Friday, February 05, 2010
sponsored by

Lincoln firm keeps records safe and secure

Part 1: Businessman bought, saved and expanded local branch

Send a link to a friend

[February 05, 2010]  On the west side of town, there is a large white building sitting back off the road, almost in the middle of a field, one would say.

There are surely folks who think they know and understand what goes on in that large building, but until they walk into the front office -- check that statement: until they try to walk into the front office -- they really can't appreciate the lengths that Midwest Records Storage goes to in order to serve and protect their clients.

HardwareDiane Slack is the vice president and sales manager of the company that is owned by her father, Ed Van Dorn.

Currently the company employs 12 people, all of whom are Logan County residents.

Slack explained that in the late 1990s Van Dorn literally saved the business from being shut down in Lincoln.

At that time the Lincoln facility was one of seven branch locations owned by Records Management Services out of Chicago. Van Dorn was a vice president with that firm.


When Records Management Services was sold, the new owners did not want to maintain any of the branch facilities and intended to close them all down.

Van Dorn, however, felt that the Lincoln facility was worth saving, so he purchased the storage contracts and formed Midwest Records Storage.

That was in 1997, and the company was located at that time in the old Pittsburgh Plate Glass building in Lincoln's downtown area.

In 2000 the company purchased 2 acres on the city's west side and built a new facility.

But within just a few years it was full to the brim and the company added on, doubling its capacity in February of 2007.

Today, the large white building has the capacity to hold a total of 220,000 boxes of paper records, and it is filling up quite nicely.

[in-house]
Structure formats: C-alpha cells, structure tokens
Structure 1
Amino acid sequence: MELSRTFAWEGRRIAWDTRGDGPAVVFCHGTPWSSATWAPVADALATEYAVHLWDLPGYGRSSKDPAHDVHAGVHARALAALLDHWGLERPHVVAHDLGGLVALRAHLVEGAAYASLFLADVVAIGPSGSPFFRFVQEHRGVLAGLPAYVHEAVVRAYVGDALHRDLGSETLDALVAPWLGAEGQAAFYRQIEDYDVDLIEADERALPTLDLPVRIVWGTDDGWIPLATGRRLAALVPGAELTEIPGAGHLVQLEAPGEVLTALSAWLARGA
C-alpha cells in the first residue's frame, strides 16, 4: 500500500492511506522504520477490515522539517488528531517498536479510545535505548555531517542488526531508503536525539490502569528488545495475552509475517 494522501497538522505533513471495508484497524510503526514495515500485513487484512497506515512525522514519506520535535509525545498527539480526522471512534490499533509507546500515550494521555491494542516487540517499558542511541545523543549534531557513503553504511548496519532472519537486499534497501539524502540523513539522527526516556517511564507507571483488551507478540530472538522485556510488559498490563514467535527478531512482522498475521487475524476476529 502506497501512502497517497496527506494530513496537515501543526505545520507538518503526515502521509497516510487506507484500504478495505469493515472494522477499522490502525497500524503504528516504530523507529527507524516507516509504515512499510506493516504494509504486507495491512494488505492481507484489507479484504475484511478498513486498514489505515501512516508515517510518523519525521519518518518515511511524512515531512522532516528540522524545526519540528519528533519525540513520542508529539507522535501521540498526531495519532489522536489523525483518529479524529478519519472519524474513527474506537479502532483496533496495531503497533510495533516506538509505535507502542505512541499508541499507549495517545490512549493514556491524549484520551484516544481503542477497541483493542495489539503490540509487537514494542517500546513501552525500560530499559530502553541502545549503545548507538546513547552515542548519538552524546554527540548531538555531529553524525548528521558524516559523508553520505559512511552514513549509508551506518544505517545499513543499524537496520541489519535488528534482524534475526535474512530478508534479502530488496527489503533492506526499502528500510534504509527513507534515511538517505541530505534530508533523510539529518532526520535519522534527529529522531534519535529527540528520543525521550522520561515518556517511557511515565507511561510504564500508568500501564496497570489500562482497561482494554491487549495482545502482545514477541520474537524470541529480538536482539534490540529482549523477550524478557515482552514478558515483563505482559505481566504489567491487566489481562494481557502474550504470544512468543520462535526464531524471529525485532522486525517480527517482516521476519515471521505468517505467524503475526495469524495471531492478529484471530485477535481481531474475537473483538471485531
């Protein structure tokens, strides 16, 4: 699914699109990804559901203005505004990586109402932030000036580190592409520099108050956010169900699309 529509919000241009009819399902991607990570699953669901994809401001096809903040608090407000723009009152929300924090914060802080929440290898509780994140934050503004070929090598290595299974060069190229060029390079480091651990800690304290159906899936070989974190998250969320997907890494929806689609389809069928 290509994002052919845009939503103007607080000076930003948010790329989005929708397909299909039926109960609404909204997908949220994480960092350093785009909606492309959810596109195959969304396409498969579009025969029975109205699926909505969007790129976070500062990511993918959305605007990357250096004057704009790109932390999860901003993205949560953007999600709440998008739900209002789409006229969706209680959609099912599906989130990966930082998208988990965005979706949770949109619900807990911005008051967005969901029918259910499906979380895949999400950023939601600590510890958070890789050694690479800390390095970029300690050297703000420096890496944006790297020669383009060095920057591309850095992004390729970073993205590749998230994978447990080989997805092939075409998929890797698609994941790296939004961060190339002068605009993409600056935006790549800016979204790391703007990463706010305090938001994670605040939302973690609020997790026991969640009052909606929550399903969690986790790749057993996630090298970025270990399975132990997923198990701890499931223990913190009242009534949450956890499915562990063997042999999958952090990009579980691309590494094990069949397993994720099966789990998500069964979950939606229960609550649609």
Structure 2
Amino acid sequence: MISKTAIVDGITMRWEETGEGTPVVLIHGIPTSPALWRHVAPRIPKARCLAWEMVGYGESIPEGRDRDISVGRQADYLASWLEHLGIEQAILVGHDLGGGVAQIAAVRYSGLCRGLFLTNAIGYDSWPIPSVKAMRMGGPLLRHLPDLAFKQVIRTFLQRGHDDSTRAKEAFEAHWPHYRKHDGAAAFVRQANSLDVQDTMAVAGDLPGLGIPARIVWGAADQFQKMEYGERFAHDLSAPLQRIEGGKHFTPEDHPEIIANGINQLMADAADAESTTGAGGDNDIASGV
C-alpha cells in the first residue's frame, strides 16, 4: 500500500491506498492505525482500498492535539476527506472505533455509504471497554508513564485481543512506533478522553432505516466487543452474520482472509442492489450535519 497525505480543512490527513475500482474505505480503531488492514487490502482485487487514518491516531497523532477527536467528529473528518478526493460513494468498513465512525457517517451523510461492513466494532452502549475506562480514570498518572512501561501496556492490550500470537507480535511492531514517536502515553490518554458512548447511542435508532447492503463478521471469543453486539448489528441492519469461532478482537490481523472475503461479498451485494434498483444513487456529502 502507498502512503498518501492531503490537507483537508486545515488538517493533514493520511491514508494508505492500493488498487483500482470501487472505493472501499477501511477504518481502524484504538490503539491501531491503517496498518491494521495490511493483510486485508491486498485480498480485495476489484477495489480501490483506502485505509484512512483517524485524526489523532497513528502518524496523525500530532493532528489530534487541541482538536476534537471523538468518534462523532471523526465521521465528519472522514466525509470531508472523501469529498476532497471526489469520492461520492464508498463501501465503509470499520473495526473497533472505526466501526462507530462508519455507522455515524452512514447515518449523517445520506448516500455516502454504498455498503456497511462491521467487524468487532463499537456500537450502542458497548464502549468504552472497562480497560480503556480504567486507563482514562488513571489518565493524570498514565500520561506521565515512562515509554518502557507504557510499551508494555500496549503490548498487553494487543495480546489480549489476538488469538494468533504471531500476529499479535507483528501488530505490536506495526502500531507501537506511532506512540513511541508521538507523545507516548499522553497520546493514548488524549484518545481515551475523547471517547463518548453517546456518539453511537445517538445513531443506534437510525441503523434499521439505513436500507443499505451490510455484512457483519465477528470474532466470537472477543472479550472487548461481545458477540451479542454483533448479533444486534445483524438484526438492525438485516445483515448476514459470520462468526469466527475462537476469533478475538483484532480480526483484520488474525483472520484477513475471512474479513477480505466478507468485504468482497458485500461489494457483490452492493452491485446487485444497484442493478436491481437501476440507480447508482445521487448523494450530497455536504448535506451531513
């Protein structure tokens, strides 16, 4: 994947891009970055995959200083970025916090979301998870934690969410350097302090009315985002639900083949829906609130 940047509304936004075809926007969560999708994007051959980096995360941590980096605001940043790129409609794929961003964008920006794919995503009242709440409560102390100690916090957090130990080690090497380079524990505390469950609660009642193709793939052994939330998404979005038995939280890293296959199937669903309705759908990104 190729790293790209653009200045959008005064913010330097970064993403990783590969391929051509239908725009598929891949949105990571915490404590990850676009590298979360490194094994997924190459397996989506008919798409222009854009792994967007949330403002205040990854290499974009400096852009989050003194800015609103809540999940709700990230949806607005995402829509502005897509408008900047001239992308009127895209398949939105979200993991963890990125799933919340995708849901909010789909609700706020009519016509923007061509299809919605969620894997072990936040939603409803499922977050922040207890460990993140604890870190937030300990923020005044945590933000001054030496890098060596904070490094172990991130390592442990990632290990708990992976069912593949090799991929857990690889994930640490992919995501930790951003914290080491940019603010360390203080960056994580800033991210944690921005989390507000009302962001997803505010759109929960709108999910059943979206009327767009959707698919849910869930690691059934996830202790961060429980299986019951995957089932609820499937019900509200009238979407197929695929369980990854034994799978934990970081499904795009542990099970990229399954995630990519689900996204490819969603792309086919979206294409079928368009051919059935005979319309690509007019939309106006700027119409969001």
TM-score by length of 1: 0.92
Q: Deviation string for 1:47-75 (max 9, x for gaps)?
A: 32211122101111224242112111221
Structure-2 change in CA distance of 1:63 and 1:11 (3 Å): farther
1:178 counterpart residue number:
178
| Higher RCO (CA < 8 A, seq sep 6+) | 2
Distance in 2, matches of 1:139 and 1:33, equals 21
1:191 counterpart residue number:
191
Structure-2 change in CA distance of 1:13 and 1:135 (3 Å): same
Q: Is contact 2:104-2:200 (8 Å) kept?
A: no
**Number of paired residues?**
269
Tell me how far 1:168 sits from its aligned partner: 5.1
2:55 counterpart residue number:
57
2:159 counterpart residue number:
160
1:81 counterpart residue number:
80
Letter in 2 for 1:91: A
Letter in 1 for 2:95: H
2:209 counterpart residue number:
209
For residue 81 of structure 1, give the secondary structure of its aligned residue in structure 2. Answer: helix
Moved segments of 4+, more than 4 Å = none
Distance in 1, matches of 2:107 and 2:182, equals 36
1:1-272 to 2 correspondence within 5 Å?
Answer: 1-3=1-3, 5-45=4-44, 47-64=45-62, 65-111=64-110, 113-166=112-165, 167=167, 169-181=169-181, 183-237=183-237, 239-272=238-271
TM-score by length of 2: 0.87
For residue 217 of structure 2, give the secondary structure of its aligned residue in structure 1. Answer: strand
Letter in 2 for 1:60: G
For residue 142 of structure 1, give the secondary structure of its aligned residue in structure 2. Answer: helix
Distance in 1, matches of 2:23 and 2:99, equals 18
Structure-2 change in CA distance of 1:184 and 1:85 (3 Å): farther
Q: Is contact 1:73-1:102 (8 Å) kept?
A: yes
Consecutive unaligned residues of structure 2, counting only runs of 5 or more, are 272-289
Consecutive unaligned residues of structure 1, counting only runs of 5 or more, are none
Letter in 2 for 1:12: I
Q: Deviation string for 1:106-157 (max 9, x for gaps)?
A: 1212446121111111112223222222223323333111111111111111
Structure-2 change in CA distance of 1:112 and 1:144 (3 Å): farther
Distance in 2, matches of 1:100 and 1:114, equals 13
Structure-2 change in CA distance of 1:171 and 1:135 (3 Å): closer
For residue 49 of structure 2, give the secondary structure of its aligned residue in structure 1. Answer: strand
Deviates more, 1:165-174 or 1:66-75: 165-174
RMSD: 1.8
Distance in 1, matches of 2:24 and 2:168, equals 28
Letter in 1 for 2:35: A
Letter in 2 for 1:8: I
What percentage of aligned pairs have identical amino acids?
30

Slack said, "If I do my job, we'll fill this new building and have to add on again!"

The building itself is designed to maintain correct temperatures and humidity levels so that paper in storage is maintained at the quality it was when it arrived there.

The entire building is wired with smoke, heat and motion detectors; plus, there is video surveillance of everything that goes on in the warehouse, and the company is wired with an alarm system that is monitored by an outside source.

[to top of second column]

Slack said that at Midwest Records Storage, security and protecting the client is the single most important part of the business.

"I'm really a nut about security," she said, "and I want my employees to be as bad about it as I am."

This is evidenced when one walks in the front door and literally can go no farther than the small, square entryway.

Behind a window and locked door, Stephanie Hopp is the first person to greet a visitor. She will have that person sign in and give them a badge to wear before she allows them entry into the actual offices.

Once in, the visitor can go nowhere unescorted.

From the office, to reach the warehouse area, an employee must punch a code into a digital lock on the door.


Once in the warehouse, the visitor is never left alone, as one of the company's bonded employees will stay by their side, assuring that nothing is tampered with or even touched that shouldn't be.

In Part 2, "What's inside and how is it handled?" you'll learn more about the advanced climate control used to protect and preserve documents, filing methods, additional security measures, and the next step in technology-related storage.


Midwest Records Storage:

< Top Stories index

Back to top


News | Sports | Business | Rural Review | Teaching and Learning | Home and Family | Tourism | Obituaries

Community | Perspectives | Law and Courts | Leisure Time | Spiritual Life | Health and Fitness | Teen Scene
Calendar | Letters to the Editor